LD Felix Seidel creates large adaptable spaces in Gotham City style for hip-hop artist.
When Austrian hip-hop artist and producer RAF Camora released his album Zenith in 2019, he announced it would be his last. But then the album Zukunft was released two years later, just a few months before the artist went one better with Zukunft II. This was more than reason enough to follow up with a tour through Germany, Austria and Switzerland.
Lighting designer Felix Seidel accompanied the artist for the first time and created the concept for his Gotham City tour. His ideas were clear: that specific objects from a music video should be used, which at the same time would dictate the style.
“The idea was to bring the look from the ‘Guapa’ music video to the stage using the set, video content and lighting to create the ‘Batcave’ atmosphere,” explains Seidel. “But since this wasn’t to be the only mood, a lighting design was needed that would not only work in this context, but also had different facets.”
For this, the young designer, who also works with Asaf Avidan and Fil Bo Riva, used 32 impression FR10 Bars and 20 GLP JDC1.
During the show, the journey continued from the Batcave through the gloomy Gotham City and into a dark night sky, where blimps circled bearing the neon signage “Future”.
“A revolving stage gave us the opportunity to alter the stage design quickly. There were some modifications made as well as a B-stage – as a result of which there was always something new to see and it was possible to create a good arc of suspense,” says Seidel.
Instead of a classic spot/wash design, Siedel pursued the idea of “expanding the look more and pulling it forward”. He was able to do this with the help of four truss fingers that reached into the audience area.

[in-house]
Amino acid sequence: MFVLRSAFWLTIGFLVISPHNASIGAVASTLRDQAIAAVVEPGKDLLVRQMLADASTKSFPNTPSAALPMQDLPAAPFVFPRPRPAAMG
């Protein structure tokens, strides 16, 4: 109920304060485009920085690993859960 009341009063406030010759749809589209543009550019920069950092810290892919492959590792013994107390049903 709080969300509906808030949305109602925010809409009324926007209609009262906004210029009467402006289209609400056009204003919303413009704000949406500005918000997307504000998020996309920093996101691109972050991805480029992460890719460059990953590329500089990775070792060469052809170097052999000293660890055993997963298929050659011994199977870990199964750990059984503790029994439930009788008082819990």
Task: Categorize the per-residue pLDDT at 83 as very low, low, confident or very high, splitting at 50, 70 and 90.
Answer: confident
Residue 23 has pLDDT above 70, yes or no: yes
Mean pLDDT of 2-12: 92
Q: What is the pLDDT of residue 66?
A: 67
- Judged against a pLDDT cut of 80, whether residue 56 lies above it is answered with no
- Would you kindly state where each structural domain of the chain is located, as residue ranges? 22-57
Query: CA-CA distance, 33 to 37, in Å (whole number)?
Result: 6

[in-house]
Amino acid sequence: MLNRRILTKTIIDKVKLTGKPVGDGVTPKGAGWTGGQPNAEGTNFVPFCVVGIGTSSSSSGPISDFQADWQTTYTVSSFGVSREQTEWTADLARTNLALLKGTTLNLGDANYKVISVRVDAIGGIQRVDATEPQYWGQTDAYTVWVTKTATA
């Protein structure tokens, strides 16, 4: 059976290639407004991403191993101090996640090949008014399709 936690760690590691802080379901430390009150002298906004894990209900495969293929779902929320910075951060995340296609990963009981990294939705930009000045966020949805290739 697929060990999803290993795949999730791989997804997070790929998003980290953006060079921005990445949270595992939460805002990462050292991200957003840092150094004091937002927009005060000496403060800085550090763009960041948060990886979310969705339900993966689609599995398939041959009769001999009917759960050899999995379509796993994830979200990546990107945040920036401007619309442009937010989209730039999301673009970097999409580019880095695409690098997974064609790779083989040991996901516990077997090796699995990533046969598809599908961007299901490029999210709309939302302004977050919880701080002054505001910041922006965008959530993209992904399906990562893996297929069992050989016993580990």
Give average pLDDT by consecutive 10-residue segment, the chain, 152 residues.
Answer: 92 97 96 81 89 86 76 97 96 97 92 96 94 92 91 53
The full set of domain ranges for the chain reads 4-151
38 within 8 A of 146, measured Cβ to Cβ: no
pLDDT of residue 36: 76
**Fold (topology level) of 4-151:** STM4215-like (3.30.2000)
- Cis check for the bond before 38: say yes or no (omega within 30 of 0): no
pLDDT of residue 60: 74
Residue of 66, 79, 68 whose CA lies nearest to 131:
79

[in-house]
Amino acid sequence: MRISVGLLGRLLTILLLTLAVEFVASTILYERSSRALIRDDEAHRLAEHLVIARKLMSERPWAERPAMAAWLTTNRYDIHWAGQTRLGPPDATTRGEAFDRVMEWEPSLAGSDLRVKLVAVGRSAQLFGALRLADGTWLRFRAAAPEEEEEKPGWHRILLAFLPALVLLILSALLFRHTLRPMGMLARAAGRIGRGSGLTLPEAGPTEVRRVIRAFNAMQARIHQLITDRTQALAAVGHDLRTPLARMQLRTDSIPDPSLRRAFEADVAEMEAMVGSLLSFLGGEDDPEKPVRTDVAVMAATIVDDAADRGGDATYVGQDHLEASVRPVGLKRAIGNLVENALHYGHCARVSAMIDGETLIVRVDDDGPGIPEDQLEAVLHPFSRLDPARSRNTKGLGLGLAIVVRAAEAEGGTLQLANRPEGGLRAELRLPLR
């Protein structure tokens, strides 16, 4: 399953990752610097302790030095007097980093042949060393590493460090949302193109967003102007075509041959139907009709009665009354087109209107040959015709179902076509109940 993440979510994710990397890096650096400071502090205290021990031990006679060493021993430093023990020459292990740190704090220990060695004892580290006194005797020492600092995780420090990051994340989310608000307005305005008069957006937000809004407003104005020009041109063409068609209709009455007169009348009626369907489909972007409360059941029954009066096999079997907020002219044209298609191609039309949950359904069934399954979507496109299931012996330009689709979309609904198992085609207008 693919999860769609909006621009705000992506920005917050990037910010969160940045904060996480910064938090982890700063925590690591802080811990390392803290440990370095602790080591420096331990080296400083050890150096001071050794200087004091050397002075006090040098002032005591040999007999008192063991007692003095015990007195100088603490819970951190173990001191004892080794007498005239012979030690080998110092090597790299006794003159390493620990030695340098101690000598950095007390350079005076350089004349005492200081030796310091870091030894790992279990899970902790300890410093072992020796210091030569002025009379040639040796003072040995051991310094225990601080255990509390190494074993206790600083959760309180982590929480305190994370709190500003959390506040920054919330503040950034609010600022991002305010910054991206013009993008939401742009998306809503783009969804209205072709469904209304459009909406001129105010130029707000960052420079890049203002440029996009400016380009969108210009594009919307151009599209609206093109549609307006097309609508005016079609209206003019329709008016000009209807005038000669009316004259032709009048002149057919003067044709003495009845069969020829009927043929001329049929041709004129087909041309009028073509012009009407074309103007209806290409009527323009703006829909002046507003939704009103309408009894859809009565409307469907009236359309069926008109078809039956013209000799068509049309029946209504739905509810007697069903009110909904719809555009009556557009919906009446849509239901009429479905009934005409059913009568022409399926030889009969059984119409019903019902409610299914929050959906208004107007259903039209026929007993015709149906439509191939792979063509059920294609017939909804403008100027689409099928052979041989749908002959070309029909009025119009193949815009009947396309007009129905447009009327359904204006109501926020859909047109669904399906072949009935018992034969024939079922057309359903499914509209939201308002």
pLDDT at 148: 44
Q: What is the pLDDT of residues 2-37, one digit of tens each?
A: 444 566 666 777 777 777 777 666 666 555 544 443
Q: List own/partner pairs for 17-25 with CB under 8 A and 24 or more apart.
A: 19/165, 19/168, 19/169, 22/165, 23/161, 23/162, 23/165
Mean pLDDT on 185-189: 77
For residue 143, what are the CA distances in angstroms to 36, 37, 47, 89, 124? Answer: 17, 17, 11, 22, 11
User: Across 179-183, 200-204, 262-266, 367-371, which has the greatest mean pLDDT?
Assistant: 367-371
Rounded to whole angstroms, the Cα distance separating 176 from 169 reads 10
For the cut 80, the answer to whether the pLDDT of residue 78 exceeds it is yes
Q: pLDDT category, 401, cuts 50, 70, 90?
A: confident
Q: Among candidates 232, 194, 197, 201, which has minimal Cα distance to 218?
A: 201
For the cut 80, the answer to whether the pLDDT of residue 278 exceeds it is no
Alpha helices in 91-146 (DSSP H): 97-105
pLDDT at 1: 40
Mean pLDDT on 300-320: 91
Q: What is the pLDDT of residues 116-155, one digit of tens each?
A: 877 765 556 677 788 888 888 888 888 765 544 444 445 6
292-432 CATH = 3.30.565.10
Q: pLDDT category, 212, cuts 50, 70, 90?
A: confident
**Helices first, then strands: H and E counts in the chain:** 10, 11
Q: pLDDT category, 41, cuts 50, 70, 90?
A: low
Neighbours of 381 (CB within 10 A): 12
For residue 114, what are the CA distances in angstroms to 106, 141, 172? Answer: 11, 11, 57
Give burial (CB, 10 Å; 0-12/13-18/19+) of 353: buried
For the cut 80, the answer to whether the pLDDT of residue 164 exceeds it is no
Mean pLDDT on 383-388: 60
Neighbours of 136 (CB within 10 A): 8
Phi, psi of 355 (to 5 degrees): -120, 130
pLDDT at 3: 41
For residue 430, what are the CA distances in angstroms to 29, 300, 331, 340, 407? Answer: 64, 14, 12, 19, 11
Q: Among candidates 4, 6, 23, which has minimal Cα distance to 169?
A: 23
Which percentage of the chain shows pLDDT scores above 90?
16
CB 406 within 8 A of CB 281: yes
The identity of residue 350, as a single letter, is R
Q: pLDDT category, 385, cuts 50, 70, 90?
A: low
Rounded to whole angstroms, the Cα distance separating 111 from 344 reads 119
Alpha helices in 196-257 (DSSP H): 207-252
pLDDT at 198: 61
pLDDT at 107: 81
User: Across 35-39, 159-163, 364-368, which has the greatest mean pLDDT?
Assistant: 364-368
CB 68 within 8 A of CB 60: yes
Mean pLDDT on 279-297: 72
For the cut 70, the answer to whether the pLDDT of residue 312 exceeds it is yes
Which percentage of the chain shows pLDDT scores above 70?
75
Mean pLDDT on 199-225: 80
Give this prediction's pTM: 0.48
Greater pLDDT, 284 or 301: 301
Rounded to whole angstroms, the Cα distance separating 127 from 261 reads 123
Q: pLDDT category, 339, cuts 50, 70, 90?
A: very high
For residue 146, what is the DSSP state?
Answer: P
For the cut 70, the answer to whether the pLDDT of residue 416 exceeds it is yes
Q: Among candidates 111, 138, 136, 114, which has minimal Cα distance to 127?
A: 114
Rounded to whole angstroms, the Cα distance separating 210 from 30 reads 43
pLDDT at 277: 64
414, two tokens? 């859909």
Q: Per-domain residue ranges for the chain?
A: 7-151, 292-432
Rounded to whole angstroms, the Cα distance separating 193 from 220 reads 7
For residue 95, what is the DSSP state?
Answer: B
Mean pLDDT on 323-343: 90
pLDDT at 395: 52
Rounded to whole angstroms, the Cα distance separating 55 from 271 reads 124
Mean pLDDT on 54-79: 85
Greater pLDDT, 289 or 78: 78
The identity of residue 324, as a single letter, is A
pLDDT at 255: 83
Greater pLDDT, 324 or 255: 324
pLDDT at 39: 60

All FR10 Bars were housed in these truss fingers, framed by two JDC1 hybrid strobes at the beginning and end of the truss. While Seidel used the JDC1 placed at the back as a rear light, the front ones were used as blinders. The designer had intended to use the impression FR10 Bars more as a stylistic device than as an effect light. “First and foremost, I wanted to use them to create spaces on stage, and they were perfect for that,” he says.
“Great effects can be created with the Bars when I only use individual pixels – from fast movements to slowly changing colours and dimming effects,” the designer continues. “If I align them upwards, I can stretch a sky of light over the stage in no time at all.”
“With the FR10 Bars, the looks I had in mind could be implemented very quickly and effectively. I wanted something hybrid that could carry the dynamics of a live show well. Basically everything from beam to flood is possible in this fixture. It was also interesting to play with the individually zoomable pixels; this resulted in some extremely impressive effects.”
The GLP JDC1 hybrid strobe has long been one of Seidel’s utility fixtures, he adds: “The JDC1 is of course very versatile with its multitude of different possibilities. There is so much you can do with it, which is why I always like to specify the devices I use. With RAF Camora I used them as movable floodlights. Their output suited the show very well, since we also played larger venues such as the Lanxess Arena in Cologne and the Hallenstadion in Zurich. Of course, lighting with a high output and great, strong colours are particularly good.”
GLP products have regularly featured in Felix’s designs. “Overall, I’ve had very good experiences with GLP fixtures; impression X4 Bar and JDC1 are essential design tools for me,” he concludes. “With all the products that I have been able to use so far, the colours and light output have struck me as being most positive. The uncomplicated handling, the clean dimming behaviour and of course the speed of the motors are all outstanding. Also, with GLP’s Andreas Brandt I’m able to maintain a regular flow of information with any general product questions.”
The technical service provider for the tour was Feedback Show Systems & Service, IBB organised the tour and Michael Jahns was production manager. The merging of lighting and video content would have been difficult without the creative input of Tiziano Mirabella, who designed the video effects in a live context. “It was a great collaboration that allowed us to complement the video content in the lighting and thus create a large-looking and harmonious overall canvas,” adds Seidel.
Photo: © Paul Gärtner